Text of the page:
I was six years old when my parents and I left Ukraine for the United States; that was 24 years ago. I grew up completely Americanized, attending a Jewish school and summer camp, graduating from a university that afforded me great opportunities, and knowing that I can do just about anything with my life that I put my mind to. But I also grew up hearing about the Soviet Union, stories of shortages and struggles, and nostalgia about the great culture, food, and friends that my parents left behind. There have been more than a few times in my life that I've wondered, what would my life have looked like if we'd never left?
My first time back, I was, miraculously, traveling for JDC—one of the very organizations that had been instrumental in my family’s emigration, along with that of hundreds of thousands of other Soviet Jews. Two decades on, JDC in Ukraine is helping to feed some of the world's poorest Jews, as well as to revitalize Jewish life, which was nearly destroyed by decades of Communist repression.
My trip began with a drive around Kiev, which I was shocked to see looked like a buzzing European metropolis offering every brand of consumer goods, beautifully restored facades, and opulent-looking people smoking in the outdoor cafes. “How different could life here really be?” I wondered.
But then we drove over the bridge to my first home visit in one of Kiev's residential communities (huge areas where hundreds of thousands of people are crammed into Communist-era apartment blocks that seem unchanged despite decades of neglect and increasing dilapidation).
The Lileevy family's apartment is on the ninth floor of one of these Khrushchev-era structures. Cement was visible through the layers of wallpaper and glue that had been peeled from the walls in preparation for a remodeling job that never happened, and webs of electrical wires descended dangerously from the ceiling. There was no furniture in the main room, and it seemed the family's entire trove of belongings (a few furnishings, some children's books, and some clothes) was crammed into the far bedroom where the girls slept.
Valeria, 32, is a single mom to Palina, 12, and Veronika (Nika), 8. Smiling earnestly, she apologizes for the way the apartment looks (though it's been this way for the better part of the girls' lives, I later learn). The girls seem happy to be distracted from their homework, though their mom proudly shares that they are both very good students at the Jewish girls' gymnasium that they attend about an hour from their house. The social worker I've arrived with hands Valeria a food package with some staples and a few Rosh Hashanah treats, and we settle in on the futon.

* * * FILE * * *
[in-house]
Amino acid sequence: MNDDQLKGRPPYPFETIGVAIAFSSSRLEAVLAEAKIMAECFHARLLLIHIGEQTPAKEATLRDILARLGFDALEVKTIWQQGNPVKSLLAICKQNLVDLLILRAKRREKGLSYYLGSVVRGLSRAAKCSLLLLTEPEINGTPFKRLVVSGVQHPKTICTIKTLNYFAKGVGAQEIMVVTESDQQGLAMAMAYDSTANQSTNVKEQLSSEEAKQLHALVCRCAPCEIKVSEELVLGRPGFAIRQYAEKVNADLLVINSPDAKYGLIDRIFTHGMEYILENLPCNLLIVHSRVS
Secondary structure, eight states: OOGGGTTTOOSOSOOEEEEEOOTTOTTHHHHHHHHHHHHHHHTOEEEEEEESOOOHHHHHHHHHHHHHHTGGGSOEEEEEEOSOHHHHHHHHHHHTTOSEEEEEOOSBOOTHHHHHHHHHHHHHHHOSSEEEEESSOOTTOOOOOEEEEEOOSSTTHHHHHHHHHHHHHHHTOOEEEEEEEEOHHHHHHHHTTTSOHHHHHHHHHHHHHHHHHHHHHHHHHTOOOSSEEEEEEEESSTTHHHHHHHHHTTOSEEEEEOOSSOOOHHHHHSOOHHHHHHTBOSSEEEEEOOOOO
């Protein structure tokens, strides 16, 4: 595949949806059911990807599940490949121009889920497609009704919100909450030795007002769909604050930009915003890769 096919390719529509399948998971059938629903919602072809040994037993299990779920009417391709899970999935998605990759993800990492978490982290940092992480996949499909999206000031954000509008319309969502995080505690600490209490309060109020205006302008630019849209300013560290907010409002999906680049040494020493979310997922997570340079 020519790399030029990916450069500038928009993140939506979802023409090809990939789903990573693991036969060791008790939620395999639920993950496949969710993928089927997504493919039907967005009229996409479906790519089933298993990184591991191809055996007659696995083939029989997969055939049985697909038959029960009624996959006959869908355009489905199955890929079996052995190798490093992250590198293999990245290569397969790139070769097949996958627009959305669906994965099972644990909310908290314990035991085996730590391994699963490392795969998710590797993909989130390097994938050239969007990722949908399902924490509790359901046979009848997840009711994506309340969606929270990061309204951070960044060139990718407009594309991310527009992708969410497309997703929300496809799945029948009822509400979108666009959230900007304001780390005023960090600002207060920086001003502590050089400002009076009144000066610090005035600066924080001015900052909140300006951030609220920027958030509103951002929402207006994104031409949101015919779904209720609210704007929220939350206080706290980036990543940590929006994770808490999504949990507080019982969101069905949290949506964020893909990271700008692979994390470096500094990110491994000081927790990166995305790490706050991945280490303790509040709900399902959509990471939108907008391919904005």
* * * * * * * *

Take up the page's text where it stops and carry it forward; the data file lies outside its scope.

This family is unable to make ends meet on the 1000 grivna (about $125) Valeria brings home each month. They pay nearly 700 grivna for utilities alone and the rest goes to pay for the school, where the girls eat their three meals a day. They are completely reliant on JDC's assistance for other food, school supplies, winter clothing, and medicine for the girls' recurring medical needs. As a young girl, Valeria attended a performing arts school until she became pregnant with her oldest daughter. She had always wanted to be a mom—but when her relationship didn't work out, single motherhood in these conditions turned out to be a very different story, especially since she had no parents to call on for help.
There is no welfare support system in Ukraine, and when the rent went unpaid and the landlord threatened to throw the family out of the house, the street seemed their only option. Without JDC’s assistance, Valeria would be completely alone.
I quickly realized that this could just as easily have been my life—that many of the circumstances that brought Valeria to this place were as arbitrary as those that had determined my path.
A few days later, I went to visit the apartment building where I had grown up, and it looked just as dilapidated as Valeria's. When I walked into the vestibule and scanned the list of residents above the mailboxes, our family name was still there—unchanged since the day my great grandfather moved into the building in the 1970s. Nothing—not the building's interior, nor the surrounding shops and streets—had changed in the slightest. The answer to what my life could have looked like if we'd never left was staring me right in the face.
Based in New York, Zhanna Veyts is part of JDC’s Global Marketing and Communications Team and has just returned from a two-week visit to Georgia and Ukraine.
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